By In Culture, Theology

Sola Fide: The Problem With the Sinner’s Prayer

I am a Reformed Protestant, and I don’t believe we are saved by faith alone. Neither do I believe we are “once saved, always saved.” Do those statements seem strange to you? Then you’ve probably fallen prey to one of the great distortions of Protestant and evangelical theology. Read on, and I’ll explain.

Both the material cause of the split between Rome and the Reformers (Sola Fide, or “faith alone”), and the formal cause (Sola Scriptura, or “Scripture alone”), suffer from widespread distortions and misunderstandings, even among Protestants who claim to espouse these principles. As we approach the 500th anniversary of the Reformation, I want to debunk some popular myths about these two of the Five Solae.

The Pseudo-Sacrament of Conversion

Let’s start with Sola Fide, as it’s commonly embodied in evangelical circles: as a sort of confession of guilt and pledge of allegiance to God known as “the sinner’s prayer.” It usually goes something like this:

“God, I know that I have broken your law all my life, which makes me a sinner, justly deserving your anger. I believe that Jesus Christ died to pay the penalty for my sins and rose again, so that I could have eternal life. I ask you to forgive my sins, come into my heart and life, and be my Lord. Amen.”

Now, taken by itself, there’s not a thing wrong with this prayer. What it says is true, and a repentant sinner may very well pray it at the inception of his or her Christian life. I did. As an expression of faith in Christ, it’s concise and even beautiful. The Reformed world (where I spend much of my time) would do well to dial back criticisms of the prayer, itself. It may not be theologically complex, but it’s not meant to be. It is the prayer of a child.

But there’s still a major problem with the way the Sinner’s Prayer is usually employed: as the central event in the evangelical pseudo-sacrament of conversion. I’ve written about the error of salvation-by-conversion before, and how it colors popular evangelical understandings of baptism, the church, and Christian living.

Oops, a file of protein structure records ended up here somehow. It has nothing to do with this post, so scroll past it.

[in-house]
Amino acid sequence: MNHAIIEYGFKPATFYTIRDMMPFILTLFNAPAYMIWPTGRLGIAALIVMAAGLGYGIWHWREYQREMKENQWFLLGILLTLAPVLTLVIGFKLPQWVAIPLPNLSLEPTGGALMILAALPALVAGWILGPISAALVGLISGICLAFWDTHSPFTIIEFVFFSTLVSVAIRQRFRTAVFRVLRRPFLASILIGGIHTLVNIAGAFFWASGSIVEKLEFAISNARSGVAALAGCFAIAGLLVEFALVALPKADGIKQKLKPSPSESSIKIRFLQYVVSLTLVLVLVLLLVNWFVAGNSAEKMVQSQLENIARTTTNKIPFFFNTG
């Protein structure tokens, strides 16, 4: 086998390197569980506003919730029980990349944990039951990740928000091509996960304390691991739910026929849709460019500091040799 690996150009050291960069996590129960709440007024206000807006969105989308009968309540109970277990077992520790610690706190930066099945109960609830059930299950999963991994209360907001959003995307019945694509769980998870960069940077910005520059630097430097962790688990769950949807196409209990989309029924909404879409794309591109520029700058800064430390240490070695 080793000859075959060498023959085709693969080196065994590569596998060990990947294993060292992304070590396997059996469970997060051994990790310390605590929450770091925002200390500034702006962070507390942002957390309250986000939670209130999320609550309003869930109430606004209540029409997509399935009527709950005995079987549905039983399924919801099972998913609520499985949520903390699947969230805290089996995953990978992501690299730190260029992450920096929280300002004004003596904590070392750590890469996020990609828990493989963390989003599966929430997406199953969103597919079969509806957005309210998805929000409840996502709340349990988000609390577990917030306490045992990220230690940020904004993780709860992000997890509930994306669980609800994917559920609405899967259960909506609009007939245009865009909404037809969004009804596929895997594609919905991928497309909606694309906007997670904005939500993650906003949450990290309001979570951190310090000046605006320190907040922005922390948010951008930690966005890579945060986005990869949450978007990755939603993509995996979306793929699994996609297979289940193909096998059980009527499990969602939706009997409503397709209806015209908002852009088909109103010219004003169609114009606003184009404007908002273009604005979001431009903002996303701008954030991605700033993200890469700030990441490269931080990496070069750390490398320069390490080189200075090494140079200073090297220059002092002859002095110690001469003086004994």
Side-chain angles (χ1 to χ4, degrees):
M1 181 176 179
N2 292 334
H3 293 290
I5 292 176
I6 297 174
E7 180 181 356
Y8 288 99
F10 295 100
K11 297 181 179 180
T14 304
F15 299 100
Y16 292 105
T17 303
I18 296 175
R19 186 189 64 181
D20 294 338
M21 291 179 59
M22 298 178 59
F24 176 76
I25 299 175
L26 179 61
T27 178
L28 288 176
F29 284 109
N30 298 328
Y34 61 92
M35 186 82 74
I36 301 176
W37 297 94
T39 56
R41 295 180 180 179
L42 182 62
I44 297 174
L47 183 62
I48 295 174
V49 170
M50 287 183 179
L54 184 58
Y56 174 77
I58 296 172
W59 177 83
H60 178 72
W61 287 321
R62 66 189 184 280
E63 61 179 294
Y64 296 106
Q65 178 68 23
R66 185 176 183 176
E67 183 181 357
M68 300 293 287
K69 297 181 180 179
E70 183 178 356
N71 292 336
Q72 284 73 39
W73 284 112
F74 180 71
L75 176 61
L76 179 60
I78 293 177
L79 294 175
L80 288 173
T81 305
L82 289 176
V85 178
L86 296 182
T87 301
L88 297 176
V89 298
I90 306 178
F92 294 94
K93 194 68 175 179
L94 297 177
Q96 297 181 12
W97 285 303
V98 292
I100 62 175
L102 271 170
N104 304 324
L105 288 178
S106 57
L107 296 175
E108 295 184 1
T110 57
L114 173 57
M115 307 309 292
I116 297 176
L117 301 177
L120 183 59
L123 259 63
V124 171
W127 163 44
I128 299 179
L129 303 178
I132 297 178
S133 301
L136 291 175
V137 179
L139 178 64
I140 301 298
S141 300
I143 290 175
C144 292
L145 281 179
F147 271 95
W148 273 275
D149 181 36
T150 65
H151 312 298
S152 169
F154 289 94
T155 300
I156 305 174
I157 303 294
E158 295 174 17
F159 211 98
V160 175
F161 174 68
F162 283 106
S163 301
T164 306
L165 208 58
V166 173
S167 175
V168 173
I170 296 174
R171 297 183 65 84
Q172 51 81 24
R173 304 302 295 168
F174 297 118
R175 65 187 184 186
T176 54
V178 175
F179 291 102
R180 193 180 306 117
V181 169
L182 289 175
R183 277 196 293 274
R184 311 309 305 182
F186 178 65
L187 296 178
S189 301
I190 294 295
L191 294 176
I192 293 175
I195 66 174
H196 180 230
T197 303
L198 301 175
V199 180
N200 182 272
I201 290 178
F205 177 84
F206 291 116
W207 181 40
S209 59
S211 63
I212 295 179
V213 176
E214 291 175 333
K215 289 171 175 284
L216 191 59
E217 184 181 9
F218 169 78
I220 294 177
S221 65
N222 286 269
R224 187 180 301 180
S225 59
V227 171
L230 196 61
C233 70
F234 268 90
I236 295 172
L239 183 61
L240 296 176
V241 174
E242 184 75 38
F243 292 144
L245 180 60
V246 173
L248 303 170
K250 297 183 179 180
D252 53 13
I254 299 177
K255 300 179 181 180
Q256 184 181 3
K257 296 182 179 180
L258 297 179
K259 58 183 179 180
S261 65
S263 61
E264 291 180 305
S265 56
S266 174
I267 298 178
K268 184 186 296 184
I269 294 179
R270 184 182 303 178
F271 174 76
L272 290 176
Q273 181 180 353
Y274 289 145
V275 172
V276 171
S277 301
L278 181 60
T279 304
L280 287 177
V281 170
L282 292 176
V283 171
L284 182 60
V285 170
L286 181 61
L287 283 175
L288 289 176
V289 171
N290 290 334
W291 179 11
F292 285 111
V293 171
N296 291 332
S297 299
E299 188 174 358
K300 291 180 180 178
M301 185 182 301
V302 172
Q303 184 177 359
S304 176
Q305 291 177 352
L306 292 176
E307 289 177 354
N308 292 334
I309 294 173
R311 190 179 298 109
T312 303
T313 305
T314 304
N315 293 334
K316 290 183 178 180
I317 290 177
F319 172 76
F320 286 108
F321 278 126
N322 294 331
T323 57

Here’s a summary of this theology as I’ve witnessed it play out: If having a conversion experience is what it means to be a Christian, then it is the Sinner’s Prayer, itself, not the ongoing faith in Christ which it expresses, that justifies. The experience of conversion, and remembering that conversion, become vital to Christianity. And if you’ve had that experience, you are guaranteed current and future salvation.

Think I’m being unfair or picking at nits? Consider that even among pastors and evangelists who warn their congregations that “there’s nothing magical about this prayer,” it’s common to hear questions like, “When did you accept Christ?” or “When did you become a Christian?” Both of these questions presuppose that a discernible and often dramatic conversion is normative and that anyone who can’t recall such a conversion is probably not in Christ.

Sinner’s Prayer vs. Sola Fide

This mistaken theology is more than just the unspoken motive for denying baptism to infants of believers (though it is that–recall that for most evangelicals, the lack of a public profession of faith in Christ is functionally the same as a lack of faith in Christ, and precludes visible membership in His Church). It is also a repudiation of the the Reformation doctrine of Sola Fide–“faith alone.”

Demanding the Sinner’s Prayer or something like it teaches people to look back to a time, a place, and an experience as the basis for their ongoing assurance of salvation. In other words, it trains Christians to see something they did as the reason they are saved. It is common to hear evangelical pastors ask those struggling with assurance, “Did you invite Jesus into your heart and mean it?” The not-so-subtle message is that if you performed this ritual prayer, and did it right, you’ve got your ticket into Heaven.

The Reformers’ rallying cry–that we are saved by the work of Christ alone–teaches precisely the opposite. The insight that changed Martin Luther’s life and the course of Western Christendom was that the righteousness which makes us acceptable to God is not our own. It is an alien righteousness, a right standing with our Judge and Father acquired by the life and work of Jesus, applied to His people.

It is our identification with the righteous Christ, obtained and maintained by faith in Him, which makes us just in God’s reckoning. We are not saved by faith, and especially not by any time-bound expression of faith, like the Sinner’s Prayer. Being “saved by faith” implies that faith, itself, is meritorious before God–as if believing in Jesus is somehow of greater value than doing the good works He did. It isn’t, at least not according to the Reformers.

Rather, they insisted we are justified (declared righteous) through faith. What difference does this change of verb and preposition make? All the difference in the world.

By Guest Author, G. Shane Morris.

Originally posted at Patheos.

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